During the lifetime of an organism, every individual encounters many combinations of diverse changes in the somatic genome, epigenome and microbiome. This gives rise to unimaginable number of novel combinations of internal perturbation which are unique to each individual. How any individual can tolerate this high load of new, individual-specific perturbations is not clear. We have recently propose a conceptual solution based on a new principle of adaptation (termed ‘Adaptive Improvisation’), which explains how random variation of any kind (and scale) can self-organize to confer a wide range of individual-specific adaptations beyond the existing outcomes of natural selection. This principle portrays gene regulation as an inseparable synergy between Darwinian selection and Lamarckian adaptation by improvisation. The division of workload between the two is regulated by stress which is viewed as a physical-like force that modifies the state of the organism until re-acquisition of relative homeostasis. I will present experimental work-in-progress which may support this idea and, if time permits, I will include a more general discussion.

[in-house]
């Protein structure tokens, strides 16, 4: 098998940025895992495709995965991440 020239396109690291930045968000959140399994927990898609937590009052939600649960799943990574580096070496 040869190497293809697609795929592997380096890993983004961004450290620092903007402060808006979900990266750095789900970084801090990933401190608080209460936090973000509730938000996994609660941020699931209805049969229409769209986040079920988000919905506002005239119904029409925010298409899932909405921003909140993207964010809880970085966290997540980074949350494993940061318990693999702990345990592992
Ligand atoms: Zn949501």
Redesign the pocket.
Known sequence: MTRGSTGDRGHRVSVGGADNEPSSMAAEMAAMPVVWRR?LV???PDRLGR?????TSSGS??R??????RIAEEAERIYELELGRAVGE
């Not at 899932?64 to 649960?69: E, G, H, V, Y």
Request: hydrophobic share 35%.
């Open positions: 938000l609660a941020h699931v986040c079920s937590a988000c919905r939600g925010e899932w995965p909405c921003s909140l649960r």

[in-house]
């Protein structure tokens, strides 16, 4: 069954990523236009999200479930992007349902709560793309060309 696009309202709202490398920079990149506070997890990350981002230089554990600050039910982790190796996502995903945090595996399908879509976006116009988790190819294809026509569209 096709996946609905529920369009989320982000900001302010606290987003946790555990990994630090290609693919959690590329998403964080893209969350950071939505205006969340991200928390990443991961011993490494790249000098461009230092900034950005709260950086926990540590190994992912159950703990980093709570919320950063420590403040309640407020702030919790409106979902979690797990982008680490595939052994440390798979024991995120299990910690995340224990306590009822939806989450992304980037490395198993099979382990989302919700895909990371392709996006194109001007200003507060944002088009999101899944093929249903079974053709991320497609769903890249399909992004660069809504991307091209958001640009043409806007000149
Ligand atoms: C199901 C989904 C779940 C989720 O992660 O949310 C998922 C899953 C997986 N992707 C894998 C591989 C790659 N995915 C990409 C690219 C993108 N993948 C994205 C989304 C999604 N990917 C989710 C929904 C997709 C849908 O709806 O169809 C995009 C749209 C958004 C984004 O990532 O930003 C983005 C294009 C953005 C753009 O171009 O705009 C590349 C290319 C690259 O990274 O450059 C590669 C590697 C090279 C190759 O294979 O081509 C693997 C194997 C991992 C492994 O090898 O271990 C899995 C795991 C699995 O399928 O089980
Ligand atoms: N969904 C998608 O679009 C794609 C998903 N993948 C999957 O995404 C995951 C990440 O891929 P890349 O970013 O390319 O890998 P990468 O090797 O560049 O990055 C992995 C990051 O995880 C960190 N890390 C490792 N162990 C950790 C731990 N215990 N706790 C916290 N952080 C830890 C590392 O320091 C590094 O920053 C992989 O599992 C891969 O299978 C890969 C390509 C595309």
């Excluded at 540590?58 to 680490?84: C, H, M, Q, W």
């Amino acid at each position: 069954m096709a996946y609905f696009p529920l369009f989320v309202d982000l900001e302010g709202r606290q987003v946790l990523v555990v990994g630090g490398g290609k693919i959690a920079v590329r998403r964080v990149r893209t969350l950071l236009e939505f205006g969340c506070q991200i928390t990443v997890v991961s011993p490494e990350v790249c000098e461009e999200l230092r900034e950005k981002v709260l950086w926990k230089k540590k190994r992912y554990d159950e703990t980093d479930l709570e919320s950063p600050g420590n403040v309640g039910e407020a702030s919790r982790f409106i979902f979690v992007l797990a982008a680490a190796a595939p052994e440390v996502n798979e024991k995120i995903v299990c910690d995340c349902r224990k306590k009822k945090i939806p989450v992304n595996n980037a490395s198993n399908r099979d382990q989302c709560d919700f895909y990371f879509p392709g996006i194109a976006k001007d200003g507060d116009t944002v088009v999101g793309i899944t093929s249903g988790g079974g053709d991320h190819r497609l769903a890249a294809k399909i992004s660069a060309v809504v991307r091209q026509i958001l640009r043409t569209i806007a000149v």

Yoav Soen is a biophysicist interested in how robust organisms can be sufficiently plastic to cope with new problems. Yoav was formally trained in Electrical Engineering and Physics (Technion, Israel Institute of Technology). After graduating, he got interested in Life Sciences and conducted a postdoctoral research with Patrick Brown at Stanford University, Dept. of Biochemistry (2001-2006). On 2006, Yoav established a research lab in the Weizmann Institute of Science, Department of Biological Chemistry. His group takes an experimental approach for studying how developing flies cope with unfamiliar scenarios of stress, the underlying epigenetic and symbiotic mechanisms of response, the trans-generational implications of these events and how they may bridge ecological and evolutionary processes.